If you’re a fan of Windows 11, it’s a big day. Microsoft has released the first build of Windows 11, clarified while (mostly) sticking to its stance on blocking pre 8th gen CPUs, and has also announced a new “Emulation Compatible” binary interface for Windows 11 on ARM, called ARM64EC. The new interface allows developers to transition their apps to run with native speed on ARM, even if they “dependencies or plugins that don’t support ARM yet.”
The ARM64EC can “freely mix and match” between ARM64EC emulation layer and native ARM 64 by runnining ARM64EC in (parts of) an app, while any ARM 64 native code will run using Windows 11 on ARM’s built in emulation.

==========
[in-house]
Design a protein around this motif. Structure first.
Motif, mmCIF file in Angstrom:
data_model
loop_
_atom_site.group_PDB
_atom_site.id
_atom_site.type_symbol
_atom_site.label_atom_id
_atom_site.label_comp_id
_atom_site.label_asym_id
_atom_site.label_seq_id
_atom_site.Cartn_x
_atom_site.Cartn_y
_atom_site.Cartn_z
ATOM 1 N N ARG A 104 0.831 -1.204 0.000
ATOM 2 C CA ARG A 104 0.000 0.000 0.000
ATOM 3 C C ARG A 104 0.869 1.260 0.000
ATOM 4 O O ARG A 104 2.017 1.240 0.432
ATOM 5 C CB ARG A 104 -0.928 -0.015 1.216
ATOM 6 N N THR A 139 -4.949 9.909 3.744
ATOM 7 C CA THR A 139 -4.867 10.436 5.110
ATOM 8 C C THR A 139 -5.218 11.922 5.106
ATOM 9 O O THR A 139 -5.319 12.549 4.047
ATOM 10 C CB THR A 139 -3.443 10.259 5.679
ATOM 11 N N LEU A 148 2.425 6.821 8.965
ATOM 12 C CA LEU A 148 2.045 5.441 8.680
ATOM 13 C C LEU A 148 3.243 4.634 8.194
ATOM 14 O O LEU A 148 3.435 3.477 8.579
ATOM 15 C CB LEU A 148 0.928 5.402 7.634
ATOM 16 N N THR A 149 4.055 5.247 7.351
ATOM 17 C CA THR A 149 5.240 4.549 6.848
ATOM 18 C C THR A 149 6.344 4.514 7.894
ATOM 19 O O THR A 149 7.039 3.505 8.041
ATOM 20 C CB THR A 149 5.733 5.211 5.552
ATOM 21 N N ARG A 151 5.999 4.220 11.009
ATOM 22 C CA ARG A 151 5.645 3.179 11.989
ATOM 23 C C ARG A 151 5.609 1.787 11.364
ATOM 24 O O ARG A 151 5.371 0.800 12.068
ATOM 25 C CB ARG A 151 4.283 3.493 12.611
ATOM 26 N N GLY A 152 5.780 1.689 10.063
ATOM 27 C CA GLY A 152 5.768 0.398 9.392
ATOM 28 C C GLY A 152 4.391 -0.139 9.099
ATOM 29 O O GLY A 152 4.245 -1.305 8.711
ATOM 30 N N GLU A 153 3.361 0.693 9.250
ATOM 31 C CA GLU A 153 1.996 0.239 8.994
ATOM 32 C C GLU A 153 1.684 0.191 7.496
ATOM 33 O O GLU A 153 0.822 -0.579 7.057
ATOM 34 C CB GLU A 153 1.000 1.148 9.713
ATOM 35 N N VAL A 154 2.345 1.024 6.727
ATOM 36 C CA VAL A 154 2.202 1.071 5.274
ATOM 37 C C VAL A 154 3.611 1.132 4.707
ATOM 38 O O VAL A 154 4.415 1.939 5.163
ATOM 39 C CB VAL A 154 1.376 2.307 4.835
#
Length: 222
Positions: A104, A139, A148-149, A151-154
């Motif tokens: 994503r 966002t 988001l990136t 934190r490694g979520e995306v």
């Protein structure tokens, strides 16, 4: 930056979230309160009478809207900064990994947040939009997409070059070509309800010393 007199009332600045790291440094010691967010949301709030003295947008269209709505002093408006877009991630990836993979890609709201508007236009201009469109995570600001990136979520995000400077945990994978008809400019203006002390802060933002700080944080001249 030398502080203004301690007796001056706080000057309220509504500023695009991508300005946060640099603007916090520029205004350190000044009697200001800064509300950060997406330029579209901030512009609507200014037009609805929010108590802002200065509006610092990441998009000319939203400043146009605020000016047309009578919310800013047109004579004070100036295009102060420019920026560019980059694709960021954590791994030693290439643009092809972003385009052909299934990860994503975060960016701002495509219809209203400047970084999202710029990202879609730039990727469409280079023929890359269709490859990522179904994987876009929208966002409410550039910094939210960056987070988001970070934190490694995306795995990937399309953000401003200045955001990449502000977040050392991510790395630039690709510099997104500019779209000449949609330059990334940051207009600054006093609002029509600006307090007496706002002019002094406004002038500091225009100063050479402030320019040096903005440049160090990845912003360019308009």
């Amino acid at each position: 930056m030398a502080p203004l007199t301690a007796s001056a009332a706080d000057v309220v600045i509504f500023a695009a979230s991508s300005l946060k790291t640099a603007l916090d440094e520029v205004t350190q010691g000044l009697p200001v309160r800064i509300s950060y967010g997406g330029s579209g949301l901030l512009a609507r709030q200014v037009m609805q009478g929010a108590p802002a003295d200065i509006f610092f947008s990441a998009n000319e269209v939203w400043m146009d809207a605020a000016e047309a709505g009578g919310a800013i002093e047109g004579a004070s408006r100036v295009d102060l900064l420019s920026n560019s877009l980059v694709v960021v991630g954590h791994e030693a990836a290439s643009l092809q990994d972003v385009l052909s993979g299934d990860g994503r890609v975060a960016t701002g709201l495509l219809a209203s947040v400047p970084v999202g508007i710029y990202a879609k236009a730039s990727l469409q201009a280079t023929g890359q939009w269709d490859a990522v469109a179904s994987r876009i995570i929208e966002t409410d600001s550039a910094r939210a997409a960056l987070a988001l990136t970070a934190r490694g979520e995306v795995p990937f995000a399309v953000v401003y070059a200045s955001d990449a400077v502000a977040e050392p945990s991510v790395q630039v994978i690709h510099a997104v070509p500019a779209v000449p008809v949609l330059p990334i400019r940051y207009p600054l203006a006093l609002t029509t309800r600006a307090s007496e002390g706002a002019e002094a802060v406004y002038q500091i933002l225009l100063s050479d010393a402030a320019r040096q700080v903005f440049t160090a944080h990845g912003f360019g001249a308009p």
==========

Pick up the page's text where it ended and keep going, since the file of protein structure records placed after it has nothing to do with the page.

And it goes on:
Microsoft describes the benefits to developers in a blog post:
Traditionally, rebuilding an app for ARM has meant recompiling the entire app. The result is a great native experience for the customer that unlocks the full power of the ARM device. However, from a developer perspective, porting an app can be all-or-nothing, since all the binaries within a process need to be rebuilt before a customer can see the benefit.
With ARM64EC, you can choose to start small and build incrementally. You can identify a part of your codebase that would benefit most from native performance and rebuild it as ARM64EC. The rest of the app will remain fully functional as emulated x64, but the recompiled ARM64EC parts will now have native speed. Over time, you can recompile more of the app as ARM64EC to further improve performance and conserve battery life for your app’s customers.
Developers can get started by downloading the latest Windows Insider SDK and the Visual Studio Preview. You can learn more on the blog post.